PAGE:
Q&A: Behind the Writing
Did you always know you wanted to write?
I didn’t make a serious attempt at creative writing until I was 26. I guess that makes me a late bloomer, but it was well worth the wait.
Is this novel based on personal experience?
Absolutely not. I’m a product of the public school system, so the elite boarding school scene is about as remote from my upbringing as you can get. But I think that was part of the allure.
If not from personal experience, then where did the idea for The Keeper of Dawn come from?
It started with a single line:
Reform school novel about growing up in the shadow of overly ambitious parents.
I think I wrote that line after reading about Robin Williams' privileged upbringing in an affluent Detriot suburb. He grew up in a 30-room mansion on a private estate. His father was an automotive exec who spent a considerable amount of time away from home on business trips. He attributed his absence of family life to his creativity, since he was forced to create his own entertainment. I remember thinking how different his upbringing was compared with my own. I believe it was that curiosity that kept my imagination returning to this topic. And it would be curiosity, not experience, that dragged me over the finish line four years later. Battered and bruised, but with a manuscript in hand.
How did you make the time to write a novel?
I worked for a start-up IT consulting company during the downside of the dot-com bubble. Day after day, they paid me to come into the office and do nothing. A few of my colleagues became day-traders to pass the time; I took up writing. I soon found that it was easy to lose myself in my own imagination as corporate America was falling into shambles around me.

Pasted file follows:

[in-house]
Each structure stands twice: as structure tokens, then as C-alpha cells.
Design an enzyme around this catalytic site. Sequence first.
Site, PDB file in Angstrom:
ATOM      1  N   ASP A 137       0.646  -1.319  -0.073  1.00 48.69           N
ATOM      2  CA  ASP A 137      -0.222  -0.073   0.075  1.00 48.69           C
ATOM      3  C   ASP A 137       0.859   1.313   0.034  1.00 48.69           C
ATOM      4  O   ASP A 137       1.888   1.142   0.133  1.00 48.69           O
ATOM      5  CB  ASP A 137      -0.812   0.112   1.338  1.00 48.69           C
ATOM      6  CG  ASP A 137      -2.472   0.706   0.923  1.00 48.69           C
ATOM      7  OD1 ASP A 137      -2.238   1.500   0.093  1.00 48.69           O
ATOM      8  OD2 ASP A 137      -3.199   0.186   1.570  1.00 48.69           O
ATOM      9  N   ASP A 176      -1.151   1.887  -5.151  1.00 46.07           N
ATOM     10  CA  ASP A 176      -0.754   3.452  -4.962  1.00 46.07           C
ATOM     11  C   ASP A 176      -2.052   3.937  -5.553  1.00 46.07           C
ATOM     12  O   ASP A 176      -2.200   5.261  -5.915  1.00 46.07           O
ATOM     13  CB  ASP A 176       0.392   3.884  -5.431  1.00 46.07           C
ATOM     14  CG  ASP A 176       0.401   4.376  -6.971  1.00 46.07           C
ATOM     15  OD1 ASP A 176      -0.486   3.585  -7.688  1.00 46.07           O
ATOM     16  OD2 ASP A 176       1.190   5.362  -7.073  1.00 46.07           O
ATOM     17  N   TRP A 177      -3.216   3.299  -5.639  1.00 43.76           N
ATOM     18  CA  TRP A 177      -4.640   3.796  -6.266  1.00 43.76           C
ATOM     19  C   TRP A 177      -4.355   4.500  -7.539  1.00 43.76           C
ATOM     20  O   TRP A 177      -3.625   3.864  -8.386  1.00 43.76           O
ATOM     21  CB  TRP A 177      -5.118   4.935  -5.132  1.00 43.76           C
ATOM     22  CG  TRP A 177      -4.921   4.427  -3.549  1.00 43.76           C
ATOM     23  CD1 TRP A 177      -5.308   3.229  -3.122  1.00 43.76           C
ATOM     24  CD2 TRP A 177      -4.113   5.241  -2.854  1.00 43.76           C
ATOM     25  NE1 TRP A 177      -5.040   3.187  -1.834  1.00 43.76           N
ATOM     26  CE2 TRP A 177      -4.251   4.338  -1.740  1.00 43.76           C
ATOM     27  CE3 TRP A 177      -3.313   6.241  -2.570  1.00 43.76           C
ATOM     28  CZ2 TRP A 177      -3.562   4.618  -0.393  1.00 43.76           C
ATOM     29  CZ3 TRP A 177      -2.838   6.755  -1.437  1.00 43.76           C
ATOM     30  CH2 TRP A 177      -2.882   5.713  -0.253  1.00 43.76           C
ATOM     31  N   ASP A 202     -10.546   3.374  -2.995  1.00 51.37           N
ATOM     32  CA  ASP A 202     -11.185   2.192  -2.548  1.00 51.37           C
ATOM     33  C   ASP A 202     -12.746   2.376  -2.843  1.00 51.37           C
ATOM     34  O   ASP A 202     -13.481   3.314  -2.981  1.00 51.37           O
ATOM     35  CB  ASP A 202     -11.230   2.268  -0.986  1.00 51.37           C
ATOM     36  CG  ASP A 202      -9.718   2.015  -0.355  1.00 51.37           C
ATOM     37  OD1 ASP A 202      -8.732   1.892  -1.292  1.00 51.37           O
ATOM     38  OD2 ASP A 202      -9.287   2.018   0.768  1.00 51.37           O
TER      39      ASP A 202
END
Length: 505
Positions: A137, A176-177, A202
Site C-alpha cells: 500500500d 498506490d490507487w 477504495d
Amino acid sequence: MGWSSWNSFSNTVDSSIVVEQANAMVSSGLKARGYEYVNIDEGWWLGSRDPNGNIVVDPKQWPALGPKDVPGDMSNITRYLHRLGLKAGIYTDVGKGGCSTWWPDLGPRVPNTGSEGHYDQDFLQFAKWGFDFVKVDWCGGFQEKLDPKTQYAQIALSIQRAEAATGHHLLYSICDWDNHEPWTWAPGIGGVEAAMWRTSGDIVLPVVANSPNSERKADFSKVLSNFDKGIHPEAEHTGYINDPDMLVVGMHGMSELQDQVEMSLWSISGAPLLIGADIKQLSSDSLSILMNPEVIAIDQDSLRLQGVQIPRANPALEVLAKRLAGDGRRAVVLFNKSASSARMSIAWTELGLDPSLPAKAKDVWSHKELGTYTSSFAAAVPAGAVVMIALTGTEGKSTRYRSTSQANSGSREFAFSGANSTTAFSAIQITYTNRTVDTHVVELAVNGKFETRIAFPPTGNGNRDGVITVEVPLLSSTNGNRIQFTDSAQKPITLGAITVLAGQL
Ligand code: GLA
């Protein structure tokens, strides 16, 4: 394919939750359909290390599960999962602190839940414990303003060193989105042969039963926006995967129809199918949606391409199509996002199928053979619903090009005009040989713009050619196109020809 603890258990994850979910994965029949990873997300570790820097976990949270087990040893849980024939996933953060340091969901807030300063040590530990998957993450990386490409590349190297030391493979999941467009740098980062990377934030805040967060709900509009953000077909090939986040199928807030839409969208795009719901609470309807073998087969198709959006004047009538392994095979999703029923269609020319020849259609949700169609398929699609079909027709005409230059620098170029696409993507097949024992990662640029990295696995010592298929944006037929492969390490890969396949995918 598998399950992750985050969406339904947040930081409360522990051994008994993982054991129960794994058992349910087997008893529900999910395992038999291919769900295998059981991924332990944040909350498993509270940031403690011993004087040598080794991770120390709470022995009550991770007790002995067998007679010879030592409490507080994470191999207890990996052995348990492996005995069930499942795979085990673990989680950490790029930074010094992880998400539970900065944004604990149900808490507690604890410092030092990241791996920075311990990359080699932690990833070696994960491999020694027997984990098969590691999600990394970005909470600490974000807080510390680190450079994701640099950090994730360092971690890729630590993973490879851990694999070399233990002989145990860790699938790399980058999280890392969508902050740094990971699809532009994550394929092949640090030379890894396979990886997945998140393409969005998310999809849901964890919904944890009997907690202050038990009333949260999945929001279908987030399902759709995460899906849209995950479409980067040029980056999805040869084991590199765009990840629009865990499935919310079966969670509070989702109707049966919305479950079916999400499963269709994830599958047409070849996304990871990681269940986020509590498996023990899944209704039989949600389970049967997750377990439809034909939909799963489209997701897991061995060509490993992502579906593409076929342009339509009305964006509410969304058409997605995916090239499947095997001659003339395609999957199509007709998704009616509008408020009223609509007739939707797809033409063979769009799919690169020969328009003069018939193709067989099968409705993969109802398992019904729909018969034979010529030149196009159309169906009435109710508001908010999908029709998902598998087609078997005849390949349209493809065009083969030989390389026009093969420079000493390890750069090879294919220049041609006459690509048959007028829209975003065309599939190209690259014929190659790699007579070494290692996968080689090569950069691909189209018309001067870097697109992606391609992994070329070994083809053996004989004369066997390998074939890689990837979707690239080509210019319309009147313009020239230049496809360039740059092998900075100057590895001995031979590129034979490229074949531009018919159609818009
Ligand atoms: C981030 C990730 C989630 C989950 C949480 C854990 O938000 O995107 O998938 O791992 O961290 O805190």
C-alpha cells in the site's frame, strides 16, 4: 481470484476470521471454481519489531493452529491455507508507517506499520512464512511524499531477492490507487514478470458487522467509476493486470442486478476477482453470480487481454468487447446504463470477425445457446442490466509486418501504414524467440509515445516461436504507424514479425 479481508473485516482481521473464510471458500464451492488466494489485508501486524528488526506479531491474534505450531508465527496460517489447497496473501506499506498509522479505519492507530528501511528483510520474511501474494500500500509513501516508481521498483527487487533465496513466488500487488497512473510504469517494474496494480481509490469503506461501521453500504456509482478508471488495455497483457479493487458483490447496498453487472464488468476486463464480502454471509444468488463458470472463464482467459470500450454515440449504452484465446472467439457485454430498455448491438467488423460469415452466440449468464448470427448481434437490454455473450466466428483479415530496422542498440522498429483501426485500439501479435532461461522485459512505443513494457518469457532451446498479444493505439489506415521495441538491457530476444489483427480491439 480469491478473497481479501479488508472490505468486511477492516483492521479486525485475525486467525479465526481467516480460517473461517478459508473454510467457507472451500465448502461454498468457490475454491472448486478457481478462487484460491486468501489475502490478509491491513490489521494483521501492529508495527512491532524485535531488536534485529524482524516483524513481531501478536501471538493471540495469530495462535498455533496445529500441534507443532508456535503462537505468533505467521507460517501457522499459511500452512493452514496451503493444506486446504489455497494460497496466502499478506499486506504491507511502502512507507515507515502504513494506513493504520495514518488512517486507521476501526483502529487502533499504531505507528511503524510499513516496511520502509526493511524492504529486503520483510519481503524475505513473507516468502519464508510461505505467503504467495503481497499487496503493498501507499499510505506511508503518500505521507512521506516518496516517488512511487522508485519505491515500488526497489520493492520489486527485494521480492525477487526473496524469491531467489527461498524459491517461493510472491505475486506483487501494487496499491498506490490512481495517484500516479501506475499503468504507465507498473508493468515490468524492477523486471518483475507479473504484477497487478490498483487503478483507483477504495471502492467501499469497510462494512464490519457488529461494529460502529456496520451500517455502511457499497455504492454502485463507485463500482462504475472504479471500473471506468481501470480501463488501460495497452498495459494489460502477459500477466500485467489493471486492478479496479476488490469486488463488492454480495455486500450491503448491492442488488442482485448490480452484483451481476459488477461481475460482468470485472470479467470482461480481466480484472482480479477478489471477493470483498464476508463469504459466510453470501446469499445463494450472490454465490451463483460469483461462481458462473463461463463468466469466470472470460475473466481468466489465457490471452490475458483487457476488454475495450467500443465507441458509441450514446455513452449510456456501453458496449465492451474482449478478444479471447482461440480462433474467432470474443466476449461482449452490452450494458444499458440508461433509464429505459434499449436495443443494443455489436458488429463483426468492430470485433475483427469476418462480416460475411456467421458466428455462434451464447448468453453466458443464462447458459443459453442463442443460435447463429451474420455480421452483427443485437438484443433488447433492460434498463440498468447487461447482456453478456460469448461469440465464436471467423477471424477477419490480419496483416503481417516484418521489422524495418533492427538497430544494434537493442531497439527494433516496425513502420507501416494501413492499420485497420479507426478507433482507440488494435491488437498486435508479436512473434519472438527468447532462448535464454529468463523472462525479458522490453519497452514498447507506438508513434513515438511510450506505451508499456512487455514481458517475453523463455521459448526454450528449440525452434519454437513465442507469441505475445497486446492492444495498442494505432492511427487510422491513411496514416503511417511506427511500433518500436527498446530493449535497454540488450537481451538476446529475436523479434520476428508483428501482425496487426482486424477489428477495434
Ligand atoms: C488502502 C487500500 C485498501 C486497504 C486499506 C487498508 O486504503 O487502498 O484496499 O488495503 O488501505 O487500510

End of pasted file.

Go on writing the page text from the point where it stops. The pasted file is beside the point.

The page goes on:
Any upcoming projects?
I’m putting on the finishing touches to a travel memoir called Latitudes that’s scheduled to come out next summer (2013). It details a trip my wife and I had the privilege of taking a few years back where we quit our jobs and moved all of our possessions into storage to backpack around the globe. Five continents and seven months later, we returned home with a journal written aboard trains, planes, buses, impossibly small automobiles, feluccas, and overnight ferries.
After that, it’s on to my next novel—Hurricane Charlie—a story of a widower and former composer who tries desperately not to get swallowed whole by his midlife crisis. It takes place at the height of the housing bubble in the New South, where our dear protagonist wrestles with regret, gentrification, and his own flavor of mild racism. While the new generation seems to be forcing Charlie into obsolescence, it’s also the innocence of youth that gives Charlie one last shot at life. Charlie finds himself in a battle of music versus noise, harmony versus chaos, where his only chance of survival depends on preventing himself from being his own worst enemy.
Will there be a sequel?
I think any reader should be wary of a coming-of-age story that has a sequel. That spells trouble.